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On February 3rd, 2019, a preventable and brutal murder took place on a New York City subway platform involving rival gang members. The suspect who is now in custody, Ramiro Gutierrez, is a suspected MS-13 gang member. The victim is an alleged member of a local “18th Street” gang.

As you will hear in the video, the suspect shoots the victim six times in the face, after a physical altercation on the subway platform. You can see video of the fight and subsequent shooting here *graphic warning*:

As disturbing as this video is, one thing that immediately caught my attention, were reports stating the suspect was out on $2,500 bond when this shooting took place.

$2,500 bond despite being an identified MS-13 gang member!? We give MS-13 gang members $2,500 bond? Wow. Good to know.

But wait, there’s more. Not only is Gutierrez a member of a violent gang, he’s also undocumented and here illegally.

Oh I know. I’m wading into controversial territory here. Dare I mention ICE? You know, the federal agency that some politicians want abolished. As always, I’ll try to stick to the facts, instead of political fodder.

So the question remains, why wasn’t a “detainer” placed on Gutierrez after his arrest in December 2018? That is the standard procedure for someone charged with a felony, with a questionable immigration status. Let alone someone who is a member of an extremely violent gang. It only makes sense. Doesn’t it?

Go figure, that is exactly what happened. But not until he shot someone in the face six times on a crowded New York City subway platform.

According to an article published by ABC7NY, “ICE was one of the law enforcement agencies involved in 26-year-old Ramiro Gutierrez’s burglary arrest in December but then did not confirm that he was undocumented so he was freed on bail.”

Of course, the article goes on to say, “Only after his arrest earlier this week for the fatal shooting did ICE determine “he entered without inspection” at an unknown prior date. ICE has now placed a detainer on Gutierrez for possible deportation.”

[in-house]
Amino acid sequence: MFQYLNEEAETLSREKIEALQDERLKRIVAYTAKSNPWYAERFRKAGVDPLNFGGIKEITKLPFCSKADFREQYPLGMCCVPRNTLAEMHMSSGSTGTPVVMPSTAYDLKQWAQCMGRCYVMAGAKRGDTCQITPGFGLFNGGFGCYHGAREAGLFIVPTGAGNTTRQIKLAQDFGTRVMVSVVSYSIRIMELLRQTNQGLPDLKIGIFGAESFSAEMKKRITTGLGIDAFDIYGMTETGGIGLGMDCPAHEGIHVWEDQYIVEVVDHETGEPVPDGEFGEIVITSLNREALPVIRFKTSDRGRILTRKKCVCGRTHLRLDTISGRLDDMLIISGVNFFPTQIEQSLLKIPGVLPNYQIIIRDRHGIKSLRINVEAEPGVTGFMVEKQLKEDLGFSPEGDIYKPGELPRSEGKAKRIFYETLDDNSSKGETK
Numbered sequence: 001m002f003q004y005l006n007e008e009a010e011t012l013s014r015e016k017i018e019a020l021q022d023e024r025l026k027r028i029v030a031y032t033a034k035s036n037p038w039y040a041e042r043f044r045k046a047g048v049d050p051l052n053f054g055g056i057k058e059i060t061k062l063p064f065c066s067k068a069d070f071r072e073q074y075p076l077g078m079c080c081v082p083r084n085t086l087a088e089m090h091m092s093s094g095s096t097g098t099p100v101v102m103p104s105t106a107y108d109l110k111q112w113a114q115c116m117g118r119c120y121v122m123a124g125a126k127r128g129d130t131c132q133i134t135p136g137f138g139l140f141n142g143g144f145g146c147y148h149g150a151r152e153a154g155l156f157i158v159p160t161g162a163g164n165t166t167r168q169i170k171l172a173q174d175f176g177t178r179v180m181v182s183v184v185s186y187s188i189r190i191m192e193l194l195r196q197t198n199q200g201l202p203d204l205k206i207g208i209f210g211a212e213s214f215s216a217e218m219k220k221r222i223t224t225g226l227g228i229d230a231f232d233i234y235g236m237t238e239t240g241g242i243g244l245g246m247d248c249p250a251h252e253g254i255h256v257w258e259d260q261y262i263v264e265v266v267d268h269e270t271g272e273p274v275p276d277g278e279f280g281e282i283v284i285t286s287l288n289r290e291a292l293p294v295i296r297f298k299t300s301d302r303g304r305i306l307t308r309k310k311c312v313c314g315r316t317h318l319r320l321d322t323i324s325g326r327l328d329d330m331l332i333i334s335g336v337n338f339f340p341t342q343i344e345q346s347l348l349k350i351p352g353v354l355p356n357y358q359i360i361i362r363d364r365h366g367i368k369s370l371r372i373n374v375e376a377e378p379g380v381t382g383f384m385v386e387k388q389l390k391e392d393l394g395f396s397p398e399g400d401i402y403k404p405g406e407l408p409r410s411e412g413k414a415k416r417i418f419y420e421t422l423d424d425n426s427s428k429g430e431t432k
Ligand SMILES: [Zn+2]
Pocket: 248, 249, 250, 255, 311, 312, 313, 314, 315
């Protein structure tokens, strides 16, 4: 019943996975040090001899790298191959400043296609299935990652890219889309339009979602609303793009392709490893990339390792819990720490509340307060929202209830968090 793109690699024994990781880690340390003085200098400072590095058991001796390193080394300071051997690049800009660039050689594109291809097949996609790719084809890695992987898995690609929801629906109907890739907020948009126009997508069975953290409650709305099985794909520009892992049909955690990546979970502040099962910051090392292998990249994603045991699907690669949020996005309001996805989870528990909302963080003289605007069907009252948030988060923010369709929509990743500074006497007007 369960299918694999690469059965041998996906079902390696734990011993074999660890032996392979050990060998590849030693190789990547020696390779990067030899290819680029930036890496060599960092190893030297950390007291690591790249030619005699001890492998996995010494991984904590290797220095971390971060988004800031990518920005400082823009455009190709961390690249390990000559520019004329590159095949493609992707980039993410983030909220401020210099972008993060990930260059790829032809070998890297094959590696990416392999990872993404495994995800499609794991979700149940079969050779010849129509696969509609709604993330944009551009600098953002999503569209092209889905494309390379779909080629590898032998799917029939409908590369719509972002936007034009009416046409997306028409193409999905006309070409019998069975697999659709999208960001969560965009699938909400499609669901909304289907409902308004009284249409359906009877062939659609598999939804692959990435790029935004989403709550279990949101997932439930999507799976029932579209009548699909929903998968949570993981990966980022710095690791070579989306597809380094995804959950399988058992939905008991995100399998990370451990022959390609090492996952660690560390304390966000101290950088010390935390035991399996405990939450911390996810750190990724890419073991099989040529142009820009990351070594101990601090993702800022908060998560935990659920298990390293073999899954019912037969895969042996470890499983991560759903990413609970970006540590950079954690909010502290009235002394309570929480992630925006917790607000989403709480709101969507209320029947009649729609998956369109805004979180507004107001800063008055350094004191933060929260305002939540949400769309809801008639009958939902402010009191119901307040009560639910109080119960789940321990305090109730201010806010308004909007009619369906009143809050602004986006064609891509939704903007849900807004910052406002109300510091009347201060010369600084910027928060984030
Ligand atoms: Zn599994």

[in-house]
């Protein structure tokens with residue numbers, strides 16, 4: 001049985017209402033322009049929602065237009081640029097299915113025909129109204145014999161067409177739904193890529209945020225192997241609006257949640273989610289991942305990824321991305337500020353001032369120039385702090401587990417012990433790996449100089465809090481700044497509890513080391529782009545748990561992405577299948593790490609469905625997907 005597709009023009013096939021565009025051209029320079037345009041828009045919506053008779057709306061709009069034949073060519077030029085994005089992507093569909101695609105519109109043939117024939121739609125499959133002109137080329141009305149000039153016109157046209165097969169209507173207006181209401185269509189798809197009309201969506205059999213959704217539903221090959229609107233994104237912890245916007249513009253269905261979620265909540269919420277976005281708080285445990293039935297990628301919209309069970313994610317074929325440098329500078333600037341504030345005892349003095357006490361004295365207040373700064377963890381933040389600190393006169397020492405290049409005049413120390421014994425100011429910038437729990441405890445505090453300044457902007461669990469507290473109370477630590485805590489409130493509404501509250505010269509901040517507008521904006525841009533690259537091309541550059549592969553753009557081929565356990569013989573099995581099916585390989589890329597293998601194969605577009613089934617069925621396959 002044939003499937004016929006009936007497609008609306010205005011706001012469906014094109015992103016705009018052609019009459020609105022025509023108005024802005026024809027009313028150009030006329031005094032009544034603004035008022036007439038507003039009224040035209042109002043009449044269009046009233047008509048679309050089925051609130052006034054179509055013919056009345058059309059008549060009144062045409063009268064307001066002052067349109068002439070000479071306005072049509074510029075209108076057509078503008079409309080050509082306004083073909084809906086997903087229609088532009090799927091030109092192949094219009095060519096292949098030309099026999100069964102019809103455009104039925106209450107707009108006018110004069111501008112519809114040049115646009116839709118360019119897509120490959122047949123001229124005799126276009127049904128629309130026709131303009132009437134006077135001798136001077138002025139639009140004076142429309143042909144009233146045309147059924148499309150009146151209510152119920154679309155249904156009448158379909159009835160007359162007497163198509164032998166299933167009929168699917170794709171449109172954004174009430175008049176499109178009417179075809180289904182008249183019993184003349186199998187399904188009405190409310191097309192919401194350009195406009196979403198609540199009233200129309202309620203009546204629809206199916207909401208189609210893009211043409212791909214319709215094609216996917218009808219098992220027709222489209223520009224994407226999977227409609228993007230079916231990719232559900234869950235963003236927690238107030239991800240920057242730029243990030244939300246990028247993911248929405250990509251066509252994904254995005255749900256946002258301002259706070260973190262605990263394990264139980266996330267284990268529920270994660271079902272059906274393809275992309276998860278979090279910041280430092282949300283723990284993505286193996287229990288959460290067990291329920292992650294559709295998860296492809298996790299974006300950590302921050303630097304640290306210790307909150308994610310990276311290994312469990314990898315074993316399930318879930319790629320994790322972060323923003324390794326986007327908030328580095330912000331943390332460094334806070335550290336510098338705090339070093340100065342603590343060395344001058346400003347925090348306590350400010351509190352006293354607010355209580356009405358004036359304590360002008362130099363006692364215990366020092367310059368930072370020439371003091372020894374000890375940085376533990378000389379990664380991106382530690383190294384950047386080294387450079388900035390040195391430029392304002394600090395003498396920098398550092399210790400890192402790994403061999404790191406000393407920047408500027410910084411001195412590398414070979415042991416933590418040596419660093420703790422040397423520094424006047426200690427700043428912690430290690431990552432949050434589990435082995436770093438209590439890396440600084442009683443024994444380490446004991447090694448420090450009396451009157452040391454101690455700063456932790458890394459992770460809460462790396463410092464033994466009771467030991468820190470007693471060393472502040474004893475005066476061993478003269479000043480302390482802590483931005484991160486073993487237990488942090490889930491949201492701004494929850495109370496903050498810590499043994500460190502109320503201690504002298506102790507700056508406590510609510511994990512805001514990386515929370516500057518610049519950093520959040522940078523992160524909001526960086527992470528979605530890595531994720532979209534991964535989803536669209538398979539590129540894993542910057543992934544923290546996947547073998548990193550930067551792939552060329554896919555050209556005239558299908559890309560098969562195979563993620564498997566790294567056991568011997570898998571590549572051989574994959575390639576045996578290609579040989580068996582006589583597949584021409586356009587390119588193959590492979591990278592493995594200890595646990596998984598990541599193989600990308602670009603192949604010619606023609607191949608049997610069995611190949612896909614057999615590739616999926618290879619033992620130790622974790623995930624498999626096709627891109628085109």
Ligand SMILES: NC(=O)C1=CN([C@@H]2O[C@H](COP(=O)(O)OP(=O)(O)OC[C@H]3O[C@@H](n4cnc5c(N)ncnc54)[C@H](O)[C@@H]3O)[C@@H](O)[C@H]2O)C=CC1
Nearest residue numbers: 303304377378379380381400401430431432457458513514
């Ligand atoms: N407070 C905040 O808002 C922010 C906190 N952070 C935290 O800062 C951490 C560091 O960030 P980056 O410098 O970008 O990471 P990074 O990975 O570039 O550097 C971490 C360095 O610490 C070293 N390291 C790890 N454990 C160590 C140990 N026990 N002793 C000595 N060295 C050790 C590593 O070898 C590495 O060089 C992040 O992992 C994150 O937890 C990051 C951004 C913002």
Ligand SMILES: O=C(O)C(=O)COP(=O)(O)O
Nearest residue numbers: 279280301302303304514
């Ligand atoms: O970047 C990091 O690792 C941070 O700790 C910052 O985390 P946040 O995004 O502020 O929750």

So there’s the proof that this is what normally happens. It begs the question, why didn’t it happen in December 2018?

Political interference? Political pressure on ICE? ICE dropped the ball? I’m not above saying law enforcement could have made a mistake. Considering ICE was involved with the arrest in December 2018, the reason for not issuing a detainer at that time has to be an interesting one to say the least. There has to be an explanation or reason. Maybe we will get one, maybe not? We can speculate until the cows come home.

I don’t expect the judicial system to be perfect. I certainly realize people arrested for crimes have a right to be freed on bond before trial. I also recognize someone arrested for minor or non-violent crimes could be freed on bond and proceed to go on a murderous crime spree. We aren’t fortune tellers. If we were, we could prevent all crime.

I guess the question becomes, when do we take the criminal element seriously and put our safety above political cries to be lenient? I said my goal wasn’t to be political, doesn’t mean it’s entirely avoidable. I can’t help but wonder if political pressure played a role in the release of Gutierrez in December 2018.

Let me put it simply. If someone is arrested for a felony, AND they are identified as an active criminal street gang member, AND they aren’t here legally, that is PRECISELY when ICE should be involved and allowed to do their job. If their immigration status is cleared up, then and only then, should bond or bail even be entertained.

I believe this murder could have been prevented. The problem with certain political policies, especially those of lenience, is they have to be applied uniformly. Being concerned about bail being too expensive and disproportionately affecting the poor or minorities, makes sense, I get it. It’s certainly an issue worthy of discussion and future corrective action.

However, given the mitigating circumstances involving Mr. Gutierrez, certain procedures should have been followed preventing his release. This particular case isn’t about race, ethnicity, or financial status, it’s about criminality. When you are a member of a criminal street gang, you deserve to be treated like one.